RCBC manager invokes right vs self-incrimination at Senate probe


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RCBC manager invokes right vs self-incrimination at Senate probe

LeAnne Jazul

RCBC bank manager Maia Santos-Deguito says she would only address questions in an executive session, which the Senate blue ribbon committee has rejected

MANILA, Philippines – The bank manager at the center of the controversy involving Rizal Commercial Banking Corporation (RCBC) and 3 local casinos refused to respond to questions at the first public hearing of the Senate blue ribbon committee on the $100-million Bangladesh bank heist on Tuesday, March 15.

Responding to questions of Senator Teofisto Guingona III, RCBC branch manager Maia Santos-Deguito, invoked her right against self-incrimination and said she would only divulge in an executive session all she knew about the transfer of the stolen funds using accounts opened at her branch in Jupiter, Makati. (WATCH: Philippine Senate hearing on bank heist)

Guingona asked Deguito whether she, as branch manager, did not find anything alarming about the sudden flow of millions of dollars into 4 accounts – all idle with a $500-opening balance since they were created in May 2015 – at the same time in February. 

Deguito replied, “Sir, sorry but I have to invoke my right to self-incrimination and I will answer that in an executive session.”

She said this was because the Anti-Money Laundering Council (AMLC) has already filed a money laundering case against her, and anything she might say on record may be used against her. Hours before her Senate appearance, Deguito was included in an anti-money laundering complaint filed by the AMLC before the justice department.

Deguito gave the same reply when asked whether she had affixed her signature, as branch manager, to the account opening forms of the concerned accounts; and also when she was asked whether she conducted due diligence in processing the accounts, which were found to be supported by fake drivers’ licenses.

Executive session?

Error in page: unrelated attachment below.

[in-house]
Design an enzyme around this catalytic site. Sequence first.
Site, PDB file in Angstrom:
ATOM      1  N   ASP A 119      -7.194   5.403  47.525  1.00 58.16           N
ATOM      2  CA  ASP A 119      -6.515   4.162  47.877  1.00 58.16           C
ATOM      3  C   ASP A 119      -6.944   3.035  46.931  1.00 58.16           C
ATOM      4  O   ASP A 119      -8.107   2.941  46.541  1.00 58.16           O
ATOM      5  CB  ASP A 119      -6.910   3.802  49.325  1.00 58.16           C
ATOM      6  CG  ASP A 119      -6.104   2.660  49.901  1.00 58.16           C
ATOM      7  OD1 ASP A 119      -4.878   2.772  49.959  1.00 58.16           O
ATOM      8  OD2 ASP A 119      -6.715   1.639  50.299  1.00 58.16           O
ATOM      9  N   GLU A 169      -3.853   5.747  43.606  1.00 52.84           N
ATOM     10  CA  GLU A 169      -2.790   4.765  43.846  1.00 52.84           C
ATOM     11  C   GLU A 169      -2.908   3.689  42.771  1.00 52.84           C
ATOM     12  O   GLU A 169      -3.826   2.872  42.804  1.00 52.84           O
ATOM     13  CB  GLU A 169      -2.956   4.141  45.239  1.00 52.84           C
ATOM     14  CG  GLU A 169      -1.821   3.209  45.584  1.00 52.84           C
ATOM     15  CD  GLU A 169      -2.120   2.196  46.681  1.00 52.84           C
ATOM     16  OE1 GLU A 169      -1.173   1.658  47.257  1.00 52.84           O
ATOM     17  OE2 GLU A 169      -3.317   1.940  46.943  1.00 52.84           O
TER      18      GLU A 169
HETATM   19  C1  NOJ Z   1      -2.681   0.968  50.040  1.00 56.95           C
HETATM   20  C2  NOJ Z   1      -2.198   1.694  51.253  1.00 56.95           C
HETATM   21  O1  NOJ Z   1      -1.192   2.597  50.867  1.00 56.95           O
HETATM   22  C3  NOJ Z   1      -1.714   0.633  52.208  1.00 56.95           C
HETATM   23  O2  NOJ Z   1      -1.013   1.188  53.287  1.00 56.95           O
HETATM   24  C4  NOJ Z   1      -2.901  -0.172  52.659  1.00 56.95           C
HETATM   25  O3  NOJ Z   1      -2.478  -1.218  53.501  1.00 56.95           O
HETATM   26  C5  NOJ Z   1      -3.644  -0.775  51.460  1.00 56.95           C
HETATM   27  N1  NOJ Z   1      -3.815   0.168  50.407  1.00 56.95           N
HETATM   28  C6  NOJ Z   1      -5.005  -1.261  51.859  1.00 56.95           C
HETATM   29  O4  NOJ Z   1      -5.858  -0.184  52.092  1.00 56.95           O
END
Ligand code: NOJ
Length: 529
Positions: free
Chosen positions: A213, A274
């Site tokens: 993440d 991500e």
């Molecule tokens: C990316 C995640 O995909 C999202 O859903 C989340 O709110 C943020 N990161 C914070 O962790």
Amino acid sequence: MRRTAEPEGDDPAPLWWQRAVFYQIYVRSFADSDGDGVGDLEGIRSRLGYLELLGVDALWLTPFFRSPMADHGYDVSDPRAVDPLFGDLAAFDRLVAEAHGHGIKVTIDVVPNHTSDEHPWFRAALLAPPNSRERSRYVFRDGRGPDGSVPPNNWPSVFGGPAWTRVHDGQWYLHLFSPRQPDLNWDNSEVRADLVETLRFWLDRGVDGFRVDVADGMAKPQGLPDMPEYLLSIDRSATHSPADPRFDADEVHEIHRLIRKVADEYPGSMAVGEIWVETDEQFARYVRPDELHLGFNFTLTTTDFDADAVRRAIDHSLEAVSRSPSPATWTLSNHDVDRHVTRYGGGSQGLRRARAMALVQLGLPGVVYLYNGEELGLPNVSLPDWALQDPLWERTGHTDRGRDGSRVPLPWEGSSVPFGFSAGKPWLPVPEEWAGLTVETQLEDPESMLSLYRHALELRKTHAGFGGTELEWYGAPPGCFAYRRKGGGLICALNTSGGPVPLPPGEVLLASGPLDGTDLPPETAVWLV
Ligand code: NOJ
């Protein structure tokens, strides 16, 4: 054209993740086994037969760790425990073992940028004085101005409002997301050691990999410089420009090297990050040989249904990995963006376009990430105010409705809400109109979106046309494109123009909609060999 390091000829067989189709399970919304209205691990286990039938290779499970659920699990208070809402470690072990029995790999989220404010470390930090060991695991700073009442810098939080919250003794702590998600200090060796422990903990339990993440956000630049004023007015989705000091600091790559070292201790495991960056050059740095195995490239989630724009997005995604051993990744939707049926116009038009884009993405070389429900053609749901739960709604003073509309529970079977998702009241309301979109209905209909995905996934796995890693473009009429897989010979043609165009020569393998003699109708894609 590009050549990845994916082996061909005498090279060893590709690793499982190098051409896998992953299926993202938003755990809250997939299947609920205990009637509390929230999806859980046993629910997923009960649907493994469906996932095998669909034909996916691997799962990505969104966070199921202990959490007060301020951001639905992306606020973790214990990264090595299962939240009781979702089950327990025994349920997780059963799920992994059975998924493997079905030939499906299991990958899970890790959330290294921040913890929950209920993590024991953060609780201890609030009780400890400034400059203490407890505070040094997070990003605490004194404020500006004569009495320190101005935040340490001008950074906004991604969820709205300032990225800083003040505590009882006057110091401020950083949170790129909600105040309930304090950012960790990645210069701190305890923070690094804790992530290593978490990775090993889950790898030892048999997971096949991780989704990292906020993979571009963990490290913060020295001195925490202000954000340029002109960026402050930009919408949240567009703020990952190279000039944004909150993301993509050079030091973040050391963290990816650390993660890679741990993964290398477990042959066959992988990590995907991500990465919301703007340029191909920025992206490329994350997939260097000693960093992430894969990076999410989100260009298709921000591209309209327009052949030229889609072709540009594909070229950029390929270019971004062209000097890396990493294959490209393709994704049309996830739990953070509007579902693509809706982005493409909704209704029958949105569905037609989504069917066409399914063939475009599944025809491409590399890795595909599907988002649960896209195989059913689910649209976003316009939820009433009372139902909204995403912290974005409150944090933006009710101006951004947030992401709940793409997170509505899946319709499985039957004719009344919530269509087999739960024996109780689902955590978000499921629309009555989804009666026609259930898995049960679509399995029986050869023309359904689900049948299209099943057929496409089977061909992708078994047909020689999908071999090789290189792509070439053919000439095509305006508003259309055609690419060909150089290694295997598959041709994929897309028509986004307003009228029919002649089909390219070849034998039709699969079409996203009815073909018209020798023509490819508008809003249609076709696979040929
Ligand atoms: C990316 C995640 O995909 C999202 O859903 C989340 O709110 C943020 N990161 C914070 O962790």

At the start of the hearing, Guingona, who chairs the committee, junked the request for an executive session since the true holder of the account – the Bangladesh government – has not asked for it.

“There is a request for executive session because of the bank secrecy law. I cannot agree to that because the subject funds actually belongs to the Bangladesh government, which has not invoked confidentiality,” Guingona said.

He said representatives of Bangladesh Bank were at the Senate hearing as observers, as they have asked the Bangko Sentral ng Pilipinas to help them track down and recover the funds. (READ: Bangladesh central bank governor quits over heist)

“So the true owner is the one who did not invoke the secrecy of the banks deposits… But in this case, the true owner is asking our assistance. So the invocation of the bank secrecy law cannot be properly done at this point,” Guingona said.

He added that the AMLC has already imposed a freeze order in relation to the accounts.

There is also already a freeze order, and that freeze order contains documents related to the laundered accounts.

“All those documents are now public records and, therefore open to the public. Bank secrecy cannot be invoked,” Guingona said.

In early February, Bangladesh Bank authorities were informed that about $100 million was illegally taken out of its account with the Federal Reserve Bank of New York using an interbank messaging system known as SWIFT. 

The laundered money was moved via transfer requests, with about $81 million ending up in bank accounts in the Philippines. The other $20 million went to an account in Sri Lanka. (READ: How Bangladesh Bank dirty money easily got into PH)

The money was coursed through the Philippines’ banking system, deposited to a Filipino-Chinese businessman’s bank account, and transferred to 3 large casinos.  Rappler.com

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